Meige Syndrome or Segmental Craniocervical Dystonia Syndrome is classified between Focal and segmental dystonia. It is clinically accompanied by dystonia in facial, masseter, and trapezius muscles together with symmetrical blepharospasm [1]. Meige Syndrome frequently starts in the 5th or 6th decades and is observed 3 times more in women than men [2]. Furthermore anxiety as a clinical entity that exacerbate motor symptoms in Meige syndrome [2]. Despite not having a clear pathogenesis, the pathology is thought to exist in upper brainstem and basal ganglions and idiopathic dopamine receptor supersensitivity is emphasized [3]. Even though drugs such as anticholinergic, antidopaminergic, benzodiazepines, and tetrabenazine are used in its therapy, success of therapy is low and side effects are a lot [4]. Botulinum toxin (Btx) is used for many dystonic movement disorders. Besides, its efficacy on treatment of Meige Syndrome is limited in many cases [1]. In this study, we represented two cases with Meige Syndrome who were successfully treated with a combined therapy of trihexyphenidyl, which is an anticholinergic, and Btx and without any side effect.

Method

Case 1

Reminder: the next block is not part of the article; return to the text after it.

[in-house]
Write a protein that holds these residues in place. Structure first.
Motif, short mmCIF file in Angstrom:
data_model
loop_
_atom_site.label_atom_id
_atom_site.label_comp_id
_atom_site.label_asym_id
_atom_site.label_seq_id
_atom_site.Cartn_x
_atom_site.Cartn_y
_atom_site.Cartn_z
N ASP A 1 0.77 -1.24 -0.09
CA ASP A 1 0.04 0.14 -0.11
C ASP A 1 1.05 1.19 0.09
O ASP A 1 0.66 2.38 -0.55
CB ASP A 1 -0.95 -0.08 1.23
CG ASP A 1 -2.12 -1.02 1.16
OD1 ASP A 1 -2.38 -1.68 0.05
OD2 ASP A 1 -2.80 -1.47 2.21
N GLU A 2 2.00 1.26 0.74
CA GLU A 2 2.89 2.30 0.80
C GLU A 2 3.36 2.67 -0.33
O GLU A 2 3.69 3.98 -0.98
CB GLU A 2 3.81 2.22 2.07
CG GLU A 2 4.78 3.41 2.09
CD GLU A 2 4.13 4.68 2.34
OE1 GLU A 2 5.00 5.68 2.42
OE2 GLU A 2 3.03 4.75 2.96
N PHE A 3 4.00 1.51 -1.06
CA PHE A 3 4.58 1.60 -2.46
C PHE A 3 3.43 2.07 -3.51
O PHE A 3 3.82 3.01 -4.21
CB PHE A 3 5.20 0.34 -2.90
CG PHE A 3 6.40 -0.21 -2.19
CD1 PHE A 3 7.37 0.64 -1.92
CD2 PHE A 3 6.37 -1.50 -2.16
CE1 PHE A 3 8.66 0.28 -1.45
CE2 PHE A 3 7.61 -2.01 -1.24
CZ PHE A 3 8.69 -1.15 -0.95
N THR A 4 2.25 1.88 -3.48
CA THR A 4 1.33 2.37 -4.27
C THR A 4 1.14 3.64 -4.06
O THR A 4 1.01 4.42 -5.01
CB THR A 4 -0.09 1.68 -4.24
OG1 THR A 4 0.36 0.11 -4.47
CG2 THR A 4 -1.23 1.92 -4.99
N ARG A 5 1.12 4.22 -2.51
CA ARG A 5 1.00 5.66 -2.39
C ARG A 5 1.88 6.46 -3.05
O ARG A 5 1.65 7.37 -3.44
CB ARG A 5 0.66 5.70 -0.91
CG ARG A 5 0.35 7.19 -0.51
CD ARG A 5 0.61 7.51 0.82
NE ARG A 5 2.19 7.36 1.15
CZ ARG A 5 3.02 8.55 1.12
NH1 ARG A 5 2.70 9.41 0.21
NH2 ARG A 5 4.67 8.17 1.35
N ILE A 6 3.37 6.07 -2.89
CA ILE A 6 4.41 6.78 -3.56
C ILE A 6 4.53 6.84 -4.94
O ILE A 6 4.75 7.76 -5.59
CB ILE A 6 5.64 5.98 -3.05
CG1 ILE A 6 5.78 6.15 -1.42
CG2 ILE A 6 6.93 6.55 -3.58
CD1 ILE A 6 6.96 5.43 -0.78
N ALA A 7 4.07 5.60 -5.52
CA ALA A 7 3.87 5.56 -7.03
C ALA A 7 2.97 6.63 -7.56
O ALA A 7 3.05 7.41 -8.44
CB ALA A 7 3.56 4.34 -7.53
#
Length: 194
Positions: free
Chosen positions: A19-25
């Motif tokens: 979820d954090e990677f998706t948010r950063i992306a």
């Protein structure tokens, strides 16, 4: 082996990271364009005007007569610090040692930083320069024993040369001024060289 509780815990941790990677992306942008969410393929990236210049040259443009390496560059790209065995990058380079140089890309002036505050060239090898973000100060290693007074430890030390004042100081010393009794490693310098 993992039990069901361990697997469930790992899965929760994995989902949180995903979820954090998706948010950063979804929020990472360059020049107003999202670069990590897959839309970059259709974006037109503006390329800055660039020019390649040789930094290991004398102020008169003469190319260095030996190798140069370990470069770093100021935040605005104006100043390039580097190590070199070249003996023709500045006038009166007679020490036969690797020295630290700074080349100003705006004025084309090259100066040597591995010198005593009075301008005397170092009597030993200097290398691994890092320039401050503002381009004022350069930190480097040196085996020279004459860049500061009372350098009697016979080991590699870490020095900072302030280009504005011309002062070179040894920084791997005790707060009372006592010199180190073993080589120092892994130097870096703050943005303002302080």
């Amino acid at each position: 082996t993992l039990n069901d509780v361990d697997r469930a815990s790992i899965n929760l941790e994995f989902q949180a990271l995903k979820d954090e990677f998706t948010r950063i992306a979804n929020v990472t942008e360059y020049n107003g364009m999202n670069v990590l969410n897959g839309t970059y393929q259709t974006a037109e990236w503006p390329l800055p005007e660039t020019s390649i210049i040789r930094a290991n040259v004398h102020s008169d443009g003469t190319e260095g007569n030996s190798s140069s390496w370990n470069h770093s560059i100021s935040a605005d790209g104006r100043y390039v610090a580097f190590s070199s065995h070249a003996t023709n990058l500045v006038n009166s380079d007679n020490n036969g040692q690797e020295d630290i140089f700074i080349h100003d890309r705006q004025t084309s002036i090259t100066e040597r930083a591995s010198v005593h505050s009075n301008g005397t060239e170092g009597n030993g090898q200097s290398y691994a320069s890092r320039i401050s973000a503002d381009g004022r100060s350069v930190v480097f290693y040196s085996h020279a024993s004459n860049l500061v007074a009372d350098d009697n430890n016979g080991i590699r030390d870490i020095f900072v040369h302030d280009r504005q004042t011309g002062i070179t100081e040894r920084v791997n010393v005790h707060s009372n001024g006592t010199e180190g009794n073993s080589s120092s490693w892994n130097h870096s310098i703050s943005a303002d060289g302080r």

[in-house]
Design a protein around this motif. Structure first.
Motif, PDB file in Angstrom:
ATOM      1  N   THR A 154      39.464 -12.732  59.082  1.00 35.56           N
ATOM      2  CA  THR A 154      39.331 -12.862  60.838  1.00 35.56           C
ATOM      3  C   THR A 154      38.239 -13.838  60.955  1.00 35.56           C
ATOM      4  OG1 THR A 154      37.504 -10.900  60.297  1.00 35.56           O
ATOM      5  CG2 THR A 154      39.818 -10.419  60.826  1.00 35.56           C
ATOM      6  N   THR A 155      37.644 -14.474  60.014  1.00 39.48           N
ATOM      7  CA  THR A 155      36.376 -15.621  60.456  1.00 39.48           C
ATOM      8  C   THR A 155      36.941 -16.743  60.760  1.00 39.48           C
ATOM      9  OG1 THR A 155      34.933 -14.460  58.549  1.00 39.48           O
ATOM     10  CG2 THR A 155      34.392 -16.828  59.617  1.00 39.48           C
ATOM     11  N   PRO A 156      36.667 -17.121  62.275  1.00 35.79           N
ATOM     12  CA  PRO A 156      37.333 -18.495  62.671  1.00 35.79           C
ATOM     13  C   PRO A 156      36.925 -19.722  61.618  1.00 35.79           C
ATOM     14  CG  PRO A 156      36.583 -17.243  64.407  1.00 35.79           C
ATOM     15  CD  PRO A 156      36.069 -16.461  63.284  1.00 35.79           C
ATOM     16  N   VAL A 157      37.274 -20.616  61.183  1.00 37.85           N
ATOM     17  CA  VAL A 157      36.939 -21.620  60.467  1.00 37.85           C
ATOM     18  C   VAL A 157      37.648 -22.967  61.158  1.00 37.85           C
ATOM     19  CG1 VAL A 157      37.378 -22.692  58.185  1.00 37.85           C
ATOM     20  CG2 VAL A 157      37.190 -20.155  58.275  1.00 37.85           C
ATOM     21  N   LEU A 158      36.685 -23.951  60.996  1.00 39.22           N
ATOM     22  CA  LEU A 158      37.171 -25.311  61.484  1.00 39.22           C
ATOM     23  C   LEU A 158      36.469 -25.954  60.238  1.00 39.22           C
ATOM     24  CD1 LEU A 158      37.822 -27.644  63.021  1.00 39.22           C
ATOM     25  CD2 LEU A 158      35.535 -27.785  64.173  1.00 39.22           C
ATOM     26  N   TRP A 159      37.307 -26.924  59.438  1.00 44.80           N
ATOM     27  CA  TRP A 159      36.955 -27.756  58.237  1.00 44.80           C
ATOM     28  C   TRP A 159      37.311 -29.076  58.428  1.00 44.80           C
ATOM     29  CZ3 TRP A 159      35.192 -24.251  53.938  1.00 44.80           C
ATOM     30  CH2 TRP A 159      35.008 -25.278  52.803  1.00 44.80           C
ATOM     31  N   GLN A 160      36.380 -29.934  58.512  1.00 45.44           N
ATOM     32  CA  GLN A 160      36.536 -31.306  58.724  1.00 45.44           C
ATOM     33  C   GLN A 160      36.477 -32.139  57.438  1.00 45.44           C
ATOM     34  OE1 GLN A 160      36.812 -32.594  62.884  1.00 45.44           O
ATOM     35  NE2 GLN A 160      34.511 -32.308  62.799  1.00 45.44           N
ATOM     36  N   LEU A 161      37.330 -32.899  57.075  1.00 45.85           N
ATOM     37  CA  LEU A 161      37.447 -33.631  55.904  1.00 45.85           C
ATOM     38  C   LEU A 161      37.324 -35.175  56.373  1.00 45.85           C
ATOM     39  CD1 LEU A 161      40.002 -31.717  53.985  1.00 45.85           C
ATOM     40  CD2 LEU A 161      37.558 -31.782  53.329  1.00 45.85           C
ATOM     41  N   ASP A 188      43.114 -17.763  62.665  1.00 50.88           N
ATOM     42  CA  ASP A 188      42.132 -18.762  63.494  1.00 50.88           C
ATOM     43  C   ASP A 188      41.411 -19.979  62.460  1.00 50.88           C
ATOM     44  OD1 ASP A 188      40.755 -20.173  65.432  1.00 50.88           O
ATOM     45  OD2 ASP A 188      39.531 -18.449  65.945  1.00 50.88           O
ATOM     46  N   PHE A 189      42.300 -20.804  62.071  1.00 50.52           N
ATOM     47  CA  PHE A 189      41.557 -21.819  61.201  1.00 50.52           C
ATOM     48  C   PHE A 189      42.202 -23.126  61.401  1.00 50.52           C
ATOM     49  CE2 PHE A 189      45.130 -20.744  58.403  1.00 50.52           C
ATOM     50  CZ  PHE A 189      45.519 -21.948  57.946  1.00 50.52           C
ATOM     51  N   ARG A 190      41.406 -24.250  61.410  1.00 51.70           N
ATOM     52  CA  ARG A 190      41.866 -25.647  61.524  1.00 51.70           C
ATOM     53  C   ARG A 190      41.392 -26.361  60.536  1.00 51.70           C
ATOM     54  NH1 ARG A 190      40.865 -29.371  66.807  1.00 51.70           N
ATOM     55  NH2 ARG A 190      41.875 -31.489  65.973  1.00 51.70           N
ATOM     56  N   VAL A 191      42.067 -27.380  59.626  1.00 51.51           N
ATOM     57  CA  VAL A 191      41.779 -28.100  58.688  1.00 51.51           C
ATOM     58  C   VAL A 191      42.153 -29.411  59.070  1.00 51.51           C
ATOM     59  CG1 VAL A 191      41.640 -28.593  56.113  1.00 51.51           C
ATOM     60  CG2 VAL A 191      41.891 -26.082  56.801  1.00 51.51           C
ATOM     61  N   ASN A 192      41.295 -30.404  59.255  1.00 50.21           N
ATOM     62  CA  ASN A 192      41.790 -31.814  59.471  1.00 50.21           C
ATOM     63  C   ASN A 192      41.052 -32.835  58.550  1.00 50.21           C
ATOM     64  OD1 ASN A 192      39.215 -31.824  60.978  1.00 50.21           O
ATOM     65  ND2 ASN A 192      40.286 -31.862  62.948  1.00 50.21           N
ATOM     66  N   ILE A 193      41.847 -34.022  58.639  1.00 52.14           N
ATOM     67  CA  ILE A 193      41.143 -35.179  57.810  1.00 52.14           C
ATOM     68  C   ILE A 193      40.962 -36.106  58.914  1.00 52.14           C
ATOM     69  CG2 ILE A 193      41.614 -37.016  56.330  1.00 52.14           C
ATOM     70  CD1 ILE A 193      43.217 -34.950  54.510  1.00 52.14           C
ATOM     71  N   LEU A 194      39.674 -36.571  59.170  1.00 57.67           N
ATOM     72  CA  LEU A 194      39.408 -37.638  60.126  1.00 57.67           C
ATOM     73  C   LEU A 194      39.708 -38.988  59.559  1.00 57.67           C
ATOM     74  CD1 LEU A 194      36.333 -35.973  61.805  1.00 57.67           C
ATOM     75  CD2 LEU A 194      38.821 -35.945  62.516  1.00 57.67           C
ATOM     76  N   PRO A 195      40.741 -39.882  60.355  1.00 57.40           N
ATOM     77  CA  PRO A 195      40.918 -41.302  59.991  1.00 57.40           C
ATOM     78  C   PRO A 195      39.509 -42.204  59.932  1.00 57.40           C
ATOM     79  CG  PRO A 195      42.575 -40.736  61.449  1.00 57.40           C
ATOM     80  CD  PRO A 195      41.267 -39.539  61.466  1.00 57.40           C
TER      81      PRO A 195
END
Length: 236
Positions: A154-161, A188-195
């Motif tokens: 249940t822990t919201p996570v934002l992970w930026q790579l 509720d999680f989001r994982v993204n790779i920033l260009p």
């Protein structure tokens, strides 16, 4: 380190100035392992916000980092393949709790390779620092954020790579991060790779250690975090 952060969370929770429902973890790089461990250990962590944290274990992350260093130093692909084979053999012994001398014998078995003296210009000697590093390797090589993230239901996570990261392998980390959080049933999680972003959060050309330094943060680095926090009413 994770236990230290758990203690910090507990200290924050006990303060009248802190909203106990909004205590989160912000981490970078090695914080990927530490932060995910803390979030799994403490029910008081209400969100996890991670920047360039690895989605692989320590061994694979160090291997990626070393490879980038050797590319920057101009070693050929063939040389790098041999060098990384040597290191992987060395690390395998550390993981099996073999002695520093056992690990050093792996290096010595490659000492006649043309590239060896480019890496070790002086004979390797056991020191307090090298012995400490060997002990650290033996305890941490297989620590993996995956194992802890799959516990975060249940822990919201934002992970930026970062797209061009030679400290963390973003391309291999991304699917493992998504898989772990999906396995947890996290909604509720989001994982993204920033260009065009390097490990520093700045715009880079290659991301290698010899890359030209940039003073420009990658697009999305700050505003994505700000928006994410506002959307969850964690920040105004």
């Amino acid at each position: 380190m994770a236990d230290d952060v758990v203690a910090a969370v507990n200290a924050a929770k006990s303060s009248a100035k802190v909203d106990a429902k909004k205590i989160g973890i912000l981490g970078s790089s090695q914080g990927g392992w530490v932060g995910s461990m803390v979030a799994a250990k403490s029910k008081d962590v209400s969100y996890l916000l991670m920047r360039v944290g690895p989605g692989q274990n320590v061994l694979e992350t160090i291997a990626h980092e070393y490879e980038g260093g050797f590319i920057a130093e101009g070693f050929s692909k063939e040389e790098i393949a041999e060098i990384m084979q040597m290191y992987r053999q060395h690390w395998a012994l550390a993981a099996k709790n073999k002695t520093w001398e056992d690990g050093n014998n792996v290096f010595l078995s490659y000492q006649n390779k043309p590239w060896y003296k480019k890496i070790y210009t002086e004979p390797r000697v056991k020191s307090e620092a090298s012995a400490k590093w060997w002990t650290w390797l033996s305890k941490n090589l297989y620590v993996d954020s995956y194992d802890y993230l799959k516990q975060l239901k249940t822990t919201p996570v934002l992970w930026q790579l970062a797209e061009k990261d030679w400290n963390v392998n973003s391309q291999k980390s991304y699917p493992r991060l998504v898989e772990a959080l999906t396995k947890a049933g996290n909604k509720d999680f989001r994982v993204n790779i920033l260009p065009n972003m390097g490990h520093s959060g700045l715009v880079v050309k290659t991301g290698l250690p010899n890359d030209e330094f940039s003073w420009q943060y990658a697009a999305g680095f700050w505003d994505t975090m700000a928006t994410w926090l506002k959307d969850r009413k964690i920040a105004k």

A 60-year-old male patient applied to our clinic with the complaint of blepharospasm and contraction in chin and neck for three months. It was stated that his complaints constantly continued throughout the day and increased in the moments of excitement and anxiety but disappeared in sleep. Biperiden 2 mg/day was recommended to the patient who was previously diagnosed with blepharospasm in another center. The patient could not use the drug due to its side effects. The patient was thought to have meige syndrome firstly because he had not only blepharospasm but also oromandibular dystonia. Laboratory examinations carried out towards etiology, Brain CT and MRI examinations were normal. 40 IU Botulinum toxin A was injected to bilateral orbicularis oculi and corrugator supercilii muscles because of blepharospasm and 50 IU Botulinum toxin A was injected to pterygoideus lateralis and digastricus muscles on both sides due to oromandibular jaw-opening dystonia. It was observed in the control that blepharospasm disappeared however oromandibular dystonia decreased but continued. Trihexyphenidyl 2 mg/ day was started to be administered to the patient. Symptoms of Meige Syndrome were not observed in the patient in the follow-up. The patient observed with complete remission was followed up for 6 months as once every three months with Btx injection and trihexyphenidyl without any side effect.